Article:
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A. Diagne (World Bank): "'Business as usual' will not resolve current water and sanitation crisis"

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  • . Diagne (World Bank): "'Business as usual' will not resolve current water and sanitation crisis"
    Credit: World Bank

About the entity

The World Bank
The World Bank Group has two goals, to end extreme poverty and promote shared prosperity in a sustainable way
Schneider Electric
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World Toilet Day was celebrated worldwide on 19th November. This annual global event organized by United Nations is about inspiring action to tackle the global sanitation crisis and about shedding light on the 4.2 billion people currently living without safely managed sanitation.  

We spoke with Ndeye Awa Diagne, Young Professional in the World Bank's Water Global Practice, to learn about the recent work being carried out by the world’s largest multilateral source of financing for water in developing countries.

Question: Firstly, we would like to know briefly your career path and your current role in the World Bank.

Answer: I started my career at the World Bank as a Junior Professional Associate supporting the preparation and implementation of water supply and sanitation investment projects in Latin America and the Caribbean. Afterwards, on leaving the Bank, I worked for two years for the Senegalese National Water Company on urban water supply infrastructure projects. I subsequently re-entered the World Bank as a Young Professional in the Water Global Practice where I have been working for the last year primarily on water supply and sanitation investment projects in Africa and on our global sanitation agenda.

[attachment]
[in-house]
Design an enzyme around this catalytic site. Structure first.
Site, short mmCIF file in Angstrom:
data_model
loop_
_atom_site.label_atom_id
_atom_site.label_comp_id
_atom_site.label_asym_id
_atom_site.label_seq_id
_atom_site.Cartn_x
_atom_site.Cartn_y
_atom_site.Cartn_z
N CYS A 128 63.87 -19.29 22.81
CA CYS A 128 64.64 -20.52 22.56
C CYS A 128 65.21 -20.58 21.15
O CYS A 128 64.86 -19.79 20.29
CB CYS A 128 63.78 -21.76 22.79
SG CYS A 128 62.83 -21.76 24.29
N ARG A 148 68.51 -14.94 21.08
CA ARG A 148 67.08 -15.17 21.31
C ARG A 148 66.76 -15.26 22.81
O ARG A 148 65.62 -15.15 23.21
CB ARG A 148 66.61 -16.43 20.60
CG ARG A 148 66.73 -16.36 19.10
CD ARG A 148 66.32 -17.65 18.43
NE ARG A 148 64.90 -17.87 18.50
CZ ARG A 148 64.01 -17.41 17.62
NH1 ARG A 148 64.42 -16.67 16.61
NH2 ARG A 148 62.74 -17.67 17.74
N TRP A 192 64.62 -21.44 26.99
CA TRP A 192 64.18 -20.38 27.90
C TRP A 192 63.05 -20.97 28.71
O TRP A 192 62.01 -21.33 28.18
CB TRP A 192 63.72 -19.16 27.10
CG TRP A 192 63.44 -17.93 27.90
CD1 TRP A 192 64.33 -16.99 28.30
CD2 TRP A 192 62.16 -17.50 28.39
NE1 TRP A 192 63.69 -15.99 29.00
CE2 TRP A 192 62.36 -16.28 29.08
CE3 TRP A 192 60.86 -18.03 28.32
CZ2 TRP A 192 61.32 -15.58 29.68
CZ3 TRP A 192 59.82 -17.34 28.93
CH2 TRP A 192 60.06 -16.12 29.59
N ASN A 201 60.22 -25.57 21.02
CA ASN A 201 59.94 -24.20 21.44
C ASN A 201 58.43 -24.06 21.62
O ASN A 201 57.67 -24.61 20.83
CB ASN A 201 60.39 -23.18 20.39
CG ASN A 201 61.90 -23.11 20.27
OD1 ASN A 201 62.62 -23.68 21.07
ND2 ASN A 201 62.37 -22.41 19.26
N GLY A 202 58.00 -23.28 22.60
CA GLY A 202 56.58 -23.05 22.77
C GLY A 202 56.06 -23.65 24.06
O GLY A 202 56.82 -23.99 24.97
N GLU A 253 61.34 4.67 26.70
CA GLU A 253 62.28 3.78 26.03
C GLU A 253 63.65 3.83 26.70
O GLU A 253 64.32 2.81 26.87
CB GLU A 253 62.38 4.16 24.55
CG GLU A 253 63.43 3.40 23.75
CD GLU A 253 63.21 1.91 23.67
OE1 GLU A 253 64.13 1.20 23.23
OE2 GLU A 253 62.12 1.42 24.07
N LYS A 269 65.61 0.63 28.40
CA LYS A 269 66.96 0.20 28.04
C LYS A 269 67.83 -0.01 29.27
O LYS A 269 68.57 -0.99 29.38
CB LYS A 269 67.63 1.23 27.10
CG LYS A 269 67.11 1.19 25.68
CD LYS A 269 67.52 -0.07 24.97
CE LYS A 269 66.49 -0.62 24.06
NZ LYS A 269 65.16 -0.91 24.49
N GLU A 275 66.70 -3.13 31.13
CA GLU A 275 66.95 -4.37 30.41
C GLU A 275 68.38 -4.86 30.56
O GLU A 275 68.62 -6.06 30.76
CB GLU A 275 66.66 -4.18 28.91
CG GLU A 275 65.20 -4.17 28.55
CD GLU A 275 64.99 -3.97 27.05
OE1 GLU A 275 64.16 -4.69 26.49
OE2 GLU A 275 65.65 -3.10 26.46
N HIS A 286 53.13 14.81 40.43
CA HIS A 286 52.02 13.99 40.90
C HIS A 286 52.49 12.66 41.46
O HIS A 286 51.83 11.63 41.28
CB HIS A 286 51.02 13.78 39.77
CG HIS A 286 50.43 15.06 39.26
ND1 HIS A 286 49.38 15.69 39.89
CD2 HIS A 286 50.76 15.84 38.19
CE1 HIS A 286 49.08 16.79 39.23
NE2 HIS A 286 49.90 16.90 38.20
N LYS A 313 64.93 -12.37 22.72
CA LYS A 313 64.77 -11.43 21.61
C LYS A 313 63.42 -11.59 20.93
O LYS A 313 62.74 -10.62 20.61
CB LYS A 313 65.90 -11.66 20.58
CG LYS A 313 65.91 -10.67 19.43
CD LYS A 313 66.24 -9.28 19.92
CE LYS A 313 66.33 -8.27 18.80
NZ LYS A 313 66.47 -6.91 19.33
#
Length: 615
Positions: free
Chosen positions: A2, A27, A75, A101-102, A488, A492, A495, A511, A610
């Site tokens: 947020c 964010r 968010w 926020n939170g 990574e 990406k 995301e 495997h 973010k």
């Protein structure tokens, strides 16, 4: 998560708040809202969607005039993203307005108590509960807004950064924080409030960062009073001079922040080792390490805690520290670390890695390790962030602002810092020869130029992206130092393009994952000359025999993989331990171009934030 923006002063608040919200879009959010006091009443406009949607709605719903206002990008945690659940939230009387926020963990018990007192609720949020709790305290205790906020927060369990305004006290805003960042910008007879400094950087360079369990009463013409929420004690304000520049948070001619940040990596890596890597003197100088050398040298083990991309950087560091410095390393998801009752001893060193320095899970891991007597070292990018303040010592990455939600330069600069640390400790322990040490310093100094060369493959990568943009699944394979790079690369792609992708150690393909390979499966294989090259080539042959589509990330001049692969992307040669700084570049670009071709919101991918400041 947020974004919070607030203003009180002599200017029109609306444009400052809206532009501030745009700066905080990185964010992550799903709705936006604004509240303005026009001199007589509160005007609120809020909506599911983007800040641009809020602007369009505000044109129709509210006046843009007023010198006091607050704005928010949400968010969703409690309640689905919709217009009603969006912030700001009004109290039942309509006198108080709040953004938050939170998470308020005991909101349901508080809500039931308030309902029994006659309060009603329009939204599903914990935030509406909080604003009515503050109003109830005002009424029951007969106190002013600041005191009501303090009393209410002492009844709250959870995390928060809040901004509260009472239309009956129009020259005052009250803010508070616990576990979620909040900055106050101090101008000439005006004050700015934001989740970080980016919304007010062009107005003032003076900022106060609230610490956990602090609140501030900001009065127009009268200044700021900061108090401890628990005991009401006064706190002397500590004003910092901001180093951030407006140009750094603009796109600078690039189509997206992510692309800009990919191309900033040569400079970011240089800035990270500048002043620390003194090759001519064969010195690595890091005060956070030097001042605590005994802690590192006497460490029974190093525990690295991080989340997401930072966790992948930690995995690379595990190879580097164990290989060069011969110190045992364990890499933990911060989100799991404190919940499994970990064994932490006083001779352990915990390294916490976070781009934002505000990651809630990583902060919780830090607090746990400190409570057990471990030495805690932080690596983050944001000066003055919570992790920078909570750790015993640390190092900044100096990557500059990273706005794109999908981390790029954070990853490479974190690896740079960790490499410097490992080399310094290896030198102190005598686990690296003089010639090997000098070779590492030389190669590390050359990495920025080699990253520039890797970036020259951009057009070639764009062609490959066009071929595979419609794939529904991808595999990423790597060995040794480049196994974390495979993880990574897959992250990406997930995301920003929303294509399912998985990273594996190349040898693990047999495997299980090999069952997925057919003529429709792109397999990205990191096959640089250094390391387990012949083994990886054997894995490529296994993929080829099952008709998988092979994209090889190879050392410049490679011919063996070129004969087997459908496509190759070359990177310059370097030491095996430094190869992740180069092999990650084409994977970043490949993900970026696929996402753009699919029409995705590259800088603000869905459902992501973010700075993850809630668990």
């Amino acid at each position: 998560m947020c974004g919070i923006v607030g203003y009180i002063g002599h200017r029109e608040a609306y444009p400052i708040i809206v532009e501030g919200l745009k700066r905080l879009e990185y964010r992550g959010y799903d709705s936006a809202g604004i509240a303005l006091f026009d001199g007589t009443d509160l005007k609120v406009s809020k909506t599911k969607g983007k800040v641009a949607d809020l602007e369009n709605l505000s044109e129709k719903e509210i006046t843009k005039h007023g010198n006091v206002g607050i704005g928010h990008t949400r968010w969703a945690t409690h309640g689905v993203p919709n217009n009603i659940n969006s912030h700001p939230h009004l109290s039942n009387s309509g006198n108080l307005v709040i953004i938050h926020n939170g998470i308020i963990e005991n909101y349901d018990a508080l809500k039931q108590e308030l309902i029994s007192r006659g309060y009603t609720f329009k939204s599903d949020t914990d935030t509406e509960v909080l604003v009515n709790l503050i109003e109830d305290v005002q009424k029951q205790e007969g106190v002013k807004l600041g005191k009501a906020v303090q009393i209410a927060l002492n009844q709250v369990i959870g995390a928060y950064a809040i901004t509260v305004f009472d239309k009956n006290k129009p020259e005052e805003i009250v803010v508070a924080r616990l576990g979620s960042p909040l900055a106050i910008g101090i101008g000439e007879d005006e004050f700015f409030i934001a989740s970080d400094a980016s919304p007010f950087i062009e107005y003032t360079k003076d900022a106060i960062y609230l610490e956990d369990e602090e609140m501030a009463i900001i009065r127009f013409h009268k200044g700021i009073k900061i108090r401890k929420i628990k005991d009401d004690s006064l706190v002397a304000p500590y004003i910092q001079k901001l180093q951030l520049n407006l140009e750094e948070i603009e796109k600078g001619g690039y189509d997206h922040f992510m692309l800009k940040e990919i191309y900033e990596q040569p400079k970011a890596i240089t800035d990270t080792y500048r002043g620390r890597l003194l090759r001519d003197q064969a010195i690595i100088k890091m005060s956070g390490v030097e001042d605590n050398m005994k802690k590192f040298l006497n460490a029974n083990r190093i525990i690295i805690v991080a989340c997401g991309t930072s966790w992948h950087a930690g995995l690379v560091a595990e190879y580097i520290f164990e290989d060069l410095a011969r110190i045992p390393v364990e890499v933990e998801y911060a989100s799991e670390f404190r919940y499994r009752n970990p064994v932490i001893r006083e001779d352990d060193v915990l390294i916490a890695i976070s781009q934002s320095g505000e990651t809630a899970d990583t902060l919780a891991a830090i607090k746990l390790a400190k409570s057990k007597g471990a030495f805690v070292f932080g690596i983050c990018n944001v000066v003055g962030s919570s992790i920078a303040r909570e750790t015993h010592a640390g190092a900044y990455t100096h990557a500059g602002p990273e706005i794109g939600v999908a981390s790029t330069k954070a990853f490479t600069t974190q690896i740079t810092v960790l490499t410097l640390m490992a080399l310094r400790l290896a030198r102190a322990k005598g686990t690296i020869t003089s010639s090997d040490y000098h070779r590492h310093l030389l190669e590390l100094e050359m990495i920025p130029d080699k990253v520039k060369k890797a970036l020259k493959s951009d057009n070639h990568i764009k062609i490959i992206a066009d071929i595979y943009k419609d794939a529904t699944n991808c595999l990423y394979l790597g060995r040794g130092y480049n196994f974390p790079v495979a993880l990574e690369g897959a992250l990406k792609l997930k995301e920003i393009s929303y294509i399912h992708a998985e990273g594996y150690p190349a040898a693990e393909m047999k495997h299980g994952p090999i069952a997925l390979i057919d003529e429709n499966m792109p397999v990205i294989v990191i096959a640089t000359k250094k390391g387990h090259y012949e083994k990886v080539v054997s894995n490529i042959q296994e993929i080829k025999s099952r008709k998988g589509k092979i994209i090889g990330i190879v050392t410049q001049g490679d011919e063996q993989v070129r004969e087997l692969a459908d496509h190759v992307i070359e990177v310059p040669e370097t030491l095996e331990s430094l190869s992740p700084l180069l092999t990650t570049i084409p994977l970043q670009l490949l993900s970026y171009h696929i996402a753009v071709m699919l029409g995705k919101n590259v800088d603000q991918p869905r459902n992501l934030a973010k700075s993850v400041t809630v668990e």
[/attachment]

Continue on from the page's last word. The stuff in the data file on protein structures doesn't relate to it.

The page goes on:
Q: What is the World Bank’s role in promoting World Toilet Day?

A: As part of UN- Water, the World Bank promotes World Toilet Day, which is an opportunity for us to pause and remind ourselves of the need to achieve access to adequate and equitable sanitation for all by 2030 and the urgent actions that should be taken for us to get there. The World Bank aims to raise awareness and inspire action to tackle the global sanitation challenge – a topic often neglected and shrouded in taboos. As you know, billions of people still lack access to basic sanitation services. If you have a toilet at home, you are luckier than the 2 billion people around the world who still lack access to this most basic of amenities. If you have a toilet that is linked to a system that safely conveys, treats and disposes of your household’s waste, you are luckier than the 4.2 billion people who do not have safely managed sanitation.

Q: What do you think are the main challenges in water and sanitation?

A: There are many challenges in the water and sanitation sector. The reality in developing country cities and rural areas is complex and challenges span a broad spectrum of issues beyond technical aspects, which include policies, fragmented institutions, limited financing, weak regulation, the political economy, climate change and social norms.

Q: The World Bank has released a report with the International Labour Organization, WaterAid and the WHO on sanitation workers. Can you tell us a bit more?